Required: 1. Prepare all necessary adjusting journal entries. 2. Compute for the following: a. Carrying value of the non-current asset held for sale. b. Adjusted balance of Investment Property c. Total amount to be included in the Profit & Loss d. Total amount charged to Equity Problem 1-3 Investment Property - Recognition, Reclassification, Disposal 1. (Initial Recognition – Fair Value) AB Company is a real estate company. On June 30, 2016, it purchased a piece of property (land and building) at an installment price of P100 million. The appraised value of land is P 30,000,000, while there is no ready market value for building). The Company made a down-payment of 10%, and issued a non-interest bearing note payable at the end of each year for 9 years (P10 million each). As of the transaction date, the market rate for 9 years is 12%. The property has unpaid real property tax of P100,000 which was assumed by the company, and also paid broker’s commission, legal costs, and other direct taxes amounting to P50,000. AB Company elected to use Fair Valuation Model to account for Investment Property. According to its external valuers, the market value of the property as at December 31, 2016 is the following: Land…………………………………..P 40 M Building……………………………….. 30 M The useful life of building is 50 years, salvage value at 10% of cost. Auditing Practice II Workbook
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Required: a. As of June 30, 2016, what is the cost of Investment Property? b. For December 31, 2016, what is the gain on changes in fair value? Is this recognized in the P/L or in Equity? c. How would your answer change in (b) if the piece of property is classified as PPE instead of Investment Property? 2. (Reclassification from PPE to IP - Fair Value) BC Company has a piece of PPE with a carrying value of P10 M as of December 31, 2016. At the same date, the company reclassified the PPE to Investment Property, whose FV is at P9,800,000. The Company uses Fair Value Model to account for Investment property.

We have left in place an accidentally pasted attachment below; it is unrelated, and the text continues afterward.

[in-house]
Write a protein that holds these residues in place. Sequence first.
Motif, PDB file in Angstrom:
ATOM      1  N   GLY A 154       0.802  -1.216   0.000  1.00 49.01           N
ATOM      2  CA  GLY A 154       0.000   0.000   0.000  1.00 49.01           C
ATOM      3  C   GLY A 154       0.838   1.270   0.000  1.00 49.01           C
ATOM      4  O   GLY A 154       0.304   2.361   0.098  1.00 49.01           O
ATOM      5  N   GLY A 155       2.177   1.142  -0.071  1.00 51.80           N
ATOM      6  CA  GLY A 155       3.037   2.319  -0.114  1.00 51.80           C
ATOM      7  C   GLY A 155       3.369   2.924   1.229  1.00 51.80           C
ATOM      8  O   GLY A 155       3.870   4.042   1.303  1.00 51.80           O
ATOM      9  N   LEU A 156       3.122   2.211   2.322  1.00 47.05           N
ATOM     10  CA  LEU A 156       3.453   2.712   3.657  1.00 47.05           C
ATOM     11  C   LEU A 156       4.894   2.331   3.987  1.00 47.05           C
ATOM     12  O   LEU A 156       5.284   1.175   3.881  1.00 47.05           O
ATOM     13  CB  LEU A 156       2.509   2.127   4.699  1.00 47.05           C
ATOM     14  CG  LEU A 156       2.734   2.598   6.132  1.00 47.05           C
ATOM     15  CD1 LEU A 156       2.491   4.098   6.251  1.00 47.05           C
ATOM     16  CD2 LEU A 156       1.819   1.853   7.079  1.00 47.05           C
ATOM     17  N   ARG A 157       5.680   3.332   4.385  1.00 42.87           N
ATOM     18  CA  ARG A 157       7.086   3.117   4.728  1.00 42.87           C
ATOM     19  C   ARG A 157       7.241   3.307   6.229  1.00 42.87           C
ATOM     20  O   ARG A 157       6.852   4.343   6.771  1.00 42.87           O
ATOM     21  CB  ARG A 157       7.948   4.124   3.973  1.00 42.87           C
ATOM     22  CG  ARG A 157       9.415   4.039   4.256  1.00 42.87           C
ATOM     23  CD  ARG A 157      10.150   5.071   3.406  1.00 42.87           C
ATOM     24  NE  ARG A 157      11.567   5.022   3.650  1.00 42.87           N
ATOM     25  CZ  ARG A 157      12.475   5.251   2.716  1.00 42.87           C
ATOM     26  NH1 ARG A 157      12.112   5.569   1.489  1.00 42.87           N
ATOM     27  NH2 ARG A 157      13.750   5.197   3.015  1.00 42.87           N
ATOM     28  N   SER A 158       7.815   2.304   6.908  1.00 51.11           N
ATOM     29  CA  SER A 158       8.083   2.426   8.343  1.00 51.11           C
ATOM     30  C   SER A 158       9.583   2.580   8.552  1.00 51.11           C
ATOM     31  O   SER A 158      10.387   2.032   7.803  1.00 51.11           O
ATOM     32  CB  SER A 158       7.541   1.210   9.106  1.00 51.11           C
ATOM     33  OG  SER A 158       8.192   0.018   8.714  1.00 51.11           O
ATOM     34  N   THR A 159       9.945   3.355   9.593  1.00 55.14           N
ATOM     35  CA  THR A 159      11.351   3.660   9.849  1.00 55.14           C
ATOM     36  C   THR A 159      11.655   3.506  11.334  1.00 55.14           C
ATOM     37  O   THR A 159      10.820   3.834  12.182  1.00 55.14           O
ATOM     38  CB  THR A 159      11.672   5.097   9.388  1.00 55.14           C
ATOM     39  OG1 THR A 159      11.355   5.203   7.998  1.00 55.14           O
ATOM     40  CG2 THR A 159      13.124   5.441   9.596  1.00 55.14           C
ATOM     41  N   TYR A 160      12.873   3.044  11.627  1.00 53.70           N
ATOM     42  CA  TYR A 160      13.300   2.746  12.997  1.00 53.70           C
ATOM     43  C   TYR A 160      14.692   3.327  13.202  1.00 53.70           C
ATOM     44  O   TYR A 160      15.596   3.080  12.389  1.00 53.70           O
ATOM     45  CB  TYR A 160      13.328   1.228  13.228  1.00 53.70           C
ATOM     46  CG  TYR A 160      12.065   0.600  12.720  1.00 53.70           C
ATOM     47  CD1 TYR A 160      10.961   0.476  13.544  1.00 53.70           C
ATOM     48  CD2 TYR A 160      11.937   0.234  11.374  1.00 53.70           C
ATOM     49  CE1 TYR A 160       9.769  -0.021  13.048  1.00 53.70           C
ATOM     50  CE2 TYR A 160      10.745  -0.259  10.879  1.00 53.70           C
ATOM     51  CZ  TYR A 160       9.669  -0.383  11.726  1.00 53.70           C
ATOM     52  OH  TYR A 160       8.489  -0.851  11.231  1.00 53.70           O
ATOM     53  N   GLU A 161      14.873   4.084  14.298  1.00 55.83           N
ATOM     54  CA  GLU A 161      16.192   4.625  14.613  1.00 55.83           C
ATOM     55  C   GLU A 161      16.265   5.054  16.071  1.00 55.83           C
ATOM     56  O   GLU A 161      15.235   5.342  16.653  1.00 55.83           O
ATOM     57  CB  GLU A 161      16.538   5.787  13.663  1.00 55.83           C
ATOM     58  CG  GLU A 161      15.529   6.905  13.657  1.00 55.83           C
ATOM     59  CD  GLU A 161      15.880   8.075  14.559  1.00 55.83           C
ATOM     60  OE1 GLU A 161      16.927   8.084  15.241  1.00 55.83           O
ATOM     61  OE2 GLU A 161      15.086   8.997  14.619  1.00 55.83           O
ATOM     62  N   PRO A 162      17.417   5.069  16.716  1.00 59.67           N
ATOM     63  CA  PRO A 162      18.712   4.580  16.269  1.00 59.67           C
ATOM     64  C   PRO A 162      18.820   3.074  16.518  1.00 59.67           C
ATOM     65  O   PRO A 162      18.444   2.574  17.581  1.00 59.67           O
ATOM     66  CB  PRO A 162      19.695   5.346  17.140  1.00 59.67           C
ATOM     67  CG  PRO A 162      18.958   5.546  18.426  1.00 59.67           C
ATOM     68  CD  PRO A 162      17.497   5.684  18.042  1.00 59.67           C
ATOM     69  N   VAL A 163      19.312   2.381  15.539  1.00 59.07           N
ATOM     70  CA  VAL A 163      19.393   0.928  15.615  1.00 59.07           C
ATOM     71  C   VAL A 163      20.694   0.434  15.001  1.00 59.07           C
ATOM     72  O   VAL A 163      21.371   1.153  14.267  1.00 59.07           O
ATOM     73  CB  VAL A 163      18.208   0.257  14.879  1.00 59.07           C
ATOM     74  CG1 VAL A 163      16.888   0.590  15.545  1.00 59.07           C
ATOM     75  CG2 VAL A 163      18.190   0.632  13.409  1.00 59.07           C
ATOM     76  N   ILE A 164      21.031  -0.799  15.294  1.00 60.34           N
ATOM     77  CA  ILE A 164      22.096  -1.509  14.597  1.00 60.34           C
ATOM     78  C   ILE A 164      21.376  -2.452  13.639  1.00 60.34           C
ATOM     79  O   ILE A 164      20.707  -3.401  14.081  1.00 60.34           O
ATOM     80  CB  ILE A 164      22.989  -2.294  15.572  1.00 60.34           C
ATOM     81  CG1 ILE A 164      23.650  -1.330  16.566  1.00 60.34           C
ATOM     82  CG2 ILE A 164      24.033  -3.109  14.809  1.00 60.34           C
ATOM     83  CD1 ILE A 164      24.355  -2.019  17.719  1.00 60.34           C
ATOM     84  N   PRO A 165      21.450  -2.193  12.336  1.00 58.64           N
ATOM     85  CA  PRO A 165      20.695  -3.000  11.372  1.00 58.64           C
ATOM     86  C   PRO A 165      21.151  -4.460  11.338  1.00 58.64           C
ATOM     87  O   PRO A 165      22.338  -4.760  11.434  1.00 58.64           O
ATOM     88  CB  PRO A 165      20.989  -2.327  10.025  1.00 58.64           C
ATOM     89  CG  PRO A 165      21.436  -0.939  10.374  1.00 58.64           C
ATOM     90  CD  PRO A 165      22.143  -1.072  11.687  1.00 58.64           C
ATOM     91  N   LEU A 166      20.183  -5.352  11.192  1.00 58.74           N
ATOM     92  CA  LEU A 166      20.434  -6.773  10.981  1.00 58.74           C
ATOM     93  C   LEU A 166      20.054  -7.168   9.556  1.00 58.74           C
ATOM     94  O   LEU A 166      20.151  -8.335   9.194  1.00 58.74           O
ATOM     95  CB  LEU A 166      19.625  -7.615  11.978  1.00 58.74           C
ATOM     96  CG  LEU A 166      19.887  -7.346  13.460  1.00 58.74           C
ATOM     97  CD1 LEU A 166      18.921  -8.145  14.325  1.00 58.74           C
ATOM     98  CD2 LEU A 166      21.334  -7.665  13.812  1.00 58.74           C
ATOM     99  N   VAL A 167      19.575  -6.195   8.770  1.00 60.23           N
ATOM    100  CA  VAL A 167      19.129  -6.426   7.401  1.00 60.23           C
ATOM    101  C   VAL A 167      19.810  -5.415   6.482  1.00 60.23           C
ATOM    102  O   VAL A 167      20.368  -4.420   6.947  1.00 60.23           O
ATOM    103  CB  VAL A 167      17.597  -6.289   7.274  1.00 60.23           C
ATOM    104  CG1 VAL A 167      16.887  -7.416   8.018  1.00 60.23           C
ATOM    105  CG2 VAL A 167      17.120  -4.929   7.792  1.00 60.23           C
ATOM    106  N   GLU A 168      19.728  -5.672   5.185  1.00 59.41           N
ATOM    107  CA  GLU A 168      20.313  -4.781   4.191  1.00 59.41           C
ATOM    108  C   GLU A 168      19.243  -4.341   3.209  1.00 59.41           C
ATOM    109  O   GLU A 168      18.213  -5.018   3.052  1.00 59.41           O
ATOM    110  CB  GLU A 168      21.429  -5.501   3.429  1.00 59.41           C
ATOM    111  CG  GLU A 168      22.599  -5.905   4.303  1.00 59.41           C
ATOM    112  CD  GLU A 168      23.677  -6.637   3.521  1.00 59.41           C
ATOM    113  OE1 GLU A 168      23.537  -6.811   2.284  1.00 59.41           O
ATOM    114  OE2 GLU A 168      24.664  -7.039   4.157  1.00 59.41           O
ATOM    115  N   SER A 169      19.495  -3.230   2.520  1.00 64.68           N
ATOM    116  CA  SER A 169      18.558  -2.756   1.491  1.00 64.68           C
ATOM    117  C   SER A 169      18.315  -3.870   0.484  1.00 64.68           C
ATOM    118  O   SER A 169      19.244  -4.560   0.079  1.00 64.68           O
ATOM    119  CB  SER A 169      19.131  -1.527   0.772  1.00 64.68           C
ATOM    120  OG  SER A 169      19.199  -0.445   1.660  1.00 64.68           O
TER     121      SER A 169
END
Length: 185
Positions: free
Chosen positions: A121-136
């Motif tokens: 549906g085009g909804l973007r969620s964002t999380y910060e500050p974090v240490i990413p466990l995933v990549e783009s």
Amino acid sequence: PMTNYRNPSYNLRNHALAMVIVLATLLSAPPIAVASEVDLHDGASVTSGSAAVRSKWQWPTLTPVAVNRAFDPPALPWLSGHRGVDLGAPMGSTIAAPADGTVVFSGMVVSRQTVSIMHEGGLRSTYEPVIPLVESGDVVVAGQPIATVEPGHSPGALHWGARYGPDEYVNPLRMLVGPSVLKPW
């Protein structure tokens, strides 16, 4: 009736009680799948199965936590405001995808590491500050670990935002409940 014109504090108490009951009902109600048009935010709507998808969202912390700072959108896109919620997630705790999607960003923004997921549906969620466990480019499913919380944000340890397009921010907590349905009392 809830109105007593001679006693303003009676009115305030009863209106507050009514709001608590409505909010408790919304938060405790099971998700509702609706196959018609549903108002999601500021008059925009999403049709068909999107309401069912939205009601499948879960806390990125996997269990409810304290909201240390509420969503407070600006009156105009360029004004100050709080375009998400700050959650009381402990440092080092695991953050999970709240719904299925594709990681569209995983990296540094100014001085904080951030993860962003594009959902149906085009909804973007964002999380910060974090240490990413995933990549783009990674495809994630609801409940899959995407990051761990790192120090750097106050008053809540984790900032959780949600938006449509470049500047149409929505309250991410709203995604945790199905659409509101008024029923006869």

Required: a. Is there a gain or loss to be recognized in the P/L? b. How would your answer differ if the FV is at P12 M? c. Assume that the piece of PPE is a piece of Inventory instead. How would your answer differ? 3. (Reclassification from IP to PPE - Fair Value & Cost Model) CD Company has a piece of investment property initially costing P10 M. The Company adopted the fair valuation model. As of December 31, 2016, the carrying value is at P15 M. As of December 31, 2017, the piece of property was converted into administration office. At the same date, the piece of asset has a fair value of P12M. Ignore depreciation and tax effects.
Required: a. What would be the cost to be reclassified to PPE? b. Will your answer be different if BC adopted the cost model? 4. (Reclassification from Inventory to IP - Fair Value) On January 1, 2016, DE Company purchased a small island in Palawan amounting to P100 Million. The said island was then divided into 100 lots for an additional cost of P10 Million. The fair value of the property is equal to the purchase price. The lots will be sold as vacation lots. As of December 31, 2016, the fair value of the property has increased to P2 Million per lot. There were only 10 remaining unsold lots, and the Company decided to hold three lots as investment property to be leased out. The Company accounts Investment Property at Fair Value.
Required: a. How much is the gain in the P/L as a result of the transfer? b. How much is the cost to investment property as of year end? 5. (Disposal/Derecognition – Fair Value and Cost Model) On June 15, 2017, EF Company sold its investment property for P6,250,000 net of disposal cost of P150,000. This property was acquired at a historical cost of P5,120,000 including total transaction costs of P190,000 and has a fair value of P6,200,000 as of December 31, 2016.